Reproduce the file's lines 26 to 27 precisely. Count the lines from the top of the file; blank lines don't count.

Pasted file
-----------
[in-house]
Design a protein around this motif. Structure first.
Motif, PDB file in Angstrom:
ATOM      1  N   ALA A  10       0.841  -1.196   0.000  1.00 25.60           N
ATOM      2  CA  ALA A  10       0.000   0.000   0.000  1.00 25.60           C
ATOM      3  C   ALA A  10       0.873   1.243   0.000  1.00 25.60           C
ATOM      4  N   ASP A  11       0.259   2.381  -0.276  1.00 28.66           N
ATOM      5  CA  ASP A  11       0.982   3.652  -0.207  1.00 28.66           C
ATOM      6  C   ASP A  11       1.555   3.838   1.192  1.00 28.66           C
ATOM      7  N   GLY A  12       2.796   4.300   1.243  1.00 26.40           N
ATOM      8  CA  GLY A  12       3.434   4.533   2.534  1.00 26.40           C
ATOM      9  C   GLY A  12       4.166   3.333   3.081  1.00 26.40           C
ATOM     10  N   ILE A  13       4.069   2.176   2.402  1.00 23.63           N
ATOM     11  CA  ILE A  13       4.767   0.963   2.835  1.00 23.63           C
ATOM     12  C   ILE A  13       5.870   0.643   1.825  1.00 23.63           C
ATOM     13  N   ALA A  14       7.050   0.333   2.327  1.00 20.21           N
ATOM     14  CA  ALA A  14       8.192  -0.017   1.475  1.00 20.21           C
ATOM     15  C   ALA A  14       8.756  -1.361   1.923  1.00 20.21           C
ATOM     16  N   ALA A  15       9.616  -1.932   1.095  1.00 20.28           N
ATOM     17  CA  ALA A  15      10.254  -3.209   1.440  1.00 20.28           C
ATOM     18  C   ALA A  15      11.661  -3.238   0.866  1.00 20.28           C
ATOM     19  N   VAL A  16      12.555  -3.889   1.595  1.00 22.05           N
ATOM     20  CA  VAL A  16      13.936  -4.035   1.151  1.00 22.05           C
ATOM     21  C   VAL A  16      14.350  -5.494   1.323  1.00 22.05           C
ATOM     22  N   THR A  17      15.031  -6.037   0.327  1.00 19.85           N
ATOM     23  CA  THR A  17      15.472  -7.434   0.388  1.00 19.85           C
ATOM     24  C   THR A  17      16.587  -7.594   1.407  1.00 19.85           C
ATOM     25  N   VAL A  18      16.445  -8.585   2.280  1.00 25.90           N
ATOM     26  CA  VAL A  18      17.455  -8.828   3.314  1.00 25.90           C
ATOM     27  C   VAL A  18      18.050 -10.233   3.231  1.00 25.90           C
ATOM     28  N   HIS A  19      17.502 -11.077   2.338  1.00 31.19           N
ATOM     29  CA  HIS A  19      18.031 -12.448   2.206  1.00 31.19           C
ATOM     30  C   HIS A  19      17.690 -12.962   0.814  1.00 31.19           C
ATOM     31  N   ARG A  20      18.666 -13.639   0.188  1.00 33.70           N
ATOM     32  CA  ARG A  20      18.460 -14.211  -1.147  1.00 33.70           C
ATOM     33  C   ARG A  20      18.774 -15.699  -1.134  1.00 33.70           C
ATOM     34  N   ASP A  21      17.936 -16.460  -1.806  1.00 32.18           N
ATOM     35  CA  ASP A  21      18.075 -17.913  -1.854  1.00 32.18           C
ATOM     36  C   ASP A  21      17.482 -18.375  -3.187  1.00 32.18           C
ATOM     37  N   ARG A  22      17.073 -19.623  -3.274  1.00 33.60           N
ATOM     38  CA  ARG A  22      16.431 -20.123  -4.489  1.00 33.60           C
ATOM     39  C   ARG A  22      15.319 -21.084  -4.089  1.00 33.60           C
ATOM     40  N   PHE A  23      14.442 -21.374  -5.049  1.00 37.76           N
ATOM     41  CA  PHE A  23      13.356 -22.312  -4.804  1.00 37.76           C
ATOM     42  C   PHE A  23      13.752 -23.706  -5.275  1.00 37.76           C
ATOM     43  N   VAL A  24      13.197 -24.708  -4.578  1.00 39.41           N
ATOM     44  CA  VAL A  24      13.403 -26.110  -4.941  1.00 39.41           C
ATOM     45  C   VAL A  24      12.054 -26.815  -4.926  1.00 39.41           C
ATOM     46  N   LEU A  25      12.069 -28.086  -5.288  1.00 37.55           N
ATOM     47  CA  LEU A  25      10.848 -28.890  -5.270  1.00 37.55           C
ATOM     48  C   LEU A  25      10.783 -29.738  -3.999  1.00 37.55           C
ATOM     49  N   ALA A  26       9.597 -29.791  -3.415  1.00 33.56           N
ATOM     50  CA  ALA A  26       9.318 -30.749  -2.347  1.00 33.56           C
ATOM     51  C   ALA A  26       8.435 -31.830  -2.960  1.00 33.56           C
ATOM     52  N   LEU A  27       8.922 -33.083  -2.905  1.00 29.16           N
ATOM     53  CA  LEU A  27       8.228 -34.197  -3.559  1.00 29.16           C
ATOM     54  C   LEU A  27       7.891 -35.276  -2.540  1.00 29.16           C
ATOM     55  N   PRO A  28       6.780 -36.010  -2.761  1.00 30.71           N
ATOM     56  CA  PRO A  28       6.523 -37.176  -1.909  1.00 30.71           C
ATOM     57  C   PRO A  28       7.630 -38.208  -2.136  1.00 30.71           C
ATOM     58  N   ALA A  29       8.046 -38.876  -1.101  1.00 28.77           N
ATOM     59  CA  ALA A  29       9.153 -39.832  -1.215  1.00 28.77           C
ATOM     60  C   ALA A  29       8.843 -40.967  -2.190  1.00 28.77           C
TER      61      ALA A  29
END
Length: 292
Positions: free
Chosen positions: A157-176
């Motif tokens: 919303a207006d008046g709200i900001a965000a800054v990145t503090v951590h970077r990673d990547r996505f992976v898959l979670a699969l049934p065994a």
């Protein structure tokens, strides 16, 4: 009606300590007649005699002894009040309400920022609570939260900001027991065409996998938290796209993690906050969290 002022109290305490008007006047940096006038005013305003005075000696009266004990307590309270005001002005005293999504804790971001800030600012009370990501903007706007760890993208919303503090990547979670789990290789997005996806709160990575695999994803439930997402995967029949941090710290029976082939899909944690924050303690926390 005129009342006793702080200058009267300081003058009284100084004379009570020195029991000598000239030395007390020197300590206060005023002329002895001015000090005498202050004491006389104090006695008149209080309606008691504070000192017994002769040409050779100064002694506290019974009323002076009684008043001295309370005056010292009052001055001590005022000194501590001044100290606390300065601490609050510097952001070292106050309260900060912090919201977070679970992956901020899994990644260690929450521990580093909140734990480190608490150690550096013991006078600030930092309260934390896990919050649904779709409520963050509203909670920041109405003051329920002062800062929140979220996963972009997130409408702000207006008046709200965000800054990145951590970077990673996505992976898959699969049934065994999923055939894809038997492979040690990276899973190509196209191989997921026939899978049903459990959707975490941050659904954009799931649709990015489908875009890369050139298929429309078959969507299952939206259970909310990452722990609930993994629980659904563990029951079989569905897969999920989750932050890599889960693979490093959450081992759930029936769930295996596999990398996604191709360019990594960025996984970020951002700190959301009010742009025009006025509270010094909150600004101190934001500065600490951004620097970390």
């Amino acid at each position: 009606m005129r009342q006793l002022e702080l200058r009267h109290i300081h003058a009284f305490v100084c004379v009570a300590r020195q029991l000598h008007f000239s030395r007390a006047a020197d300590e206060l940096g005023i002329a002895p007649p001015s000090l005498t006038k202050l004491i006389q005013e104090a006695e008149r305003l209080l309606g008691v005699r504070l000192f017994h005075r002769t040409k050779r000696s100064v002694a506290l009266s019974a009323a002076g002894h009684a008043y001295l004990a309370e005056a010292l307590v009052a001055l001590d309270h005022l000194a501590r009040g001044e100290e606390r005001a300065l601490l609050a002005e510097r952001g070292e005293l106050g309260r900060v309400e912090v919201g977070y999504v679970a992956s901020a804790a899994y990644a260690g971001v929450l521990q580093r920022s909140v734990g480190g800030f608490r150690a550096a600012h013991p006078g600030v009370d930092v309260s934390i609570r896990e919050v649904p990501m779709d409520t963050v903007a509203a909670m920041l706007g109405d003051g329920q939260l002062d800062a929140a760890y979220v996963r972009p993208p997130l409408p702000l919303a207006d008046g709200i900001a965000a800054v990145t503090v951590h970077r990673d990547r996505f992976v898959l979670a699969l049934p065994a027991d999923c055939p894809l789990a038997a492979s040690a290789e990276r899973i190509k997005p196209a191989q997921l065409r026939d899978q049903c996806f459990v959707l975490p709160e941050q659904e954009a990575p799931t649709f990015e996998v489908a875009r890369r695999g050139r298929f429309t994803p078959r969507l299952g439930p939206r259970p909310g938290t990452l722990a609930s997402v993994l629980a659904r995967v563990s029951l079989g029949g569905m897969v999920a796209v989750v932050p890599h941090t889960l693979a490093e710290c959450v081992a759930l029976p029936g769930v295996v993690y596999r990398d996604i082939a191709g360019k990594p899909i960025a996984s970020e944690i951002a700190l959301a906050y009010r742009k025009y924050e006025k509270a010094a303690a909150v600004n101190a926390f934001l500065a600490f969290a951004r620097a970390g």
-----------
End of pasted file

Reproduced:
ATOM     23  CA  THR A  17      15.472  -7.434   0.388  1.00 19.85           C
ATOM     24  C   THR A  17      16.587  -7.594   1.407  1.00 19.85           C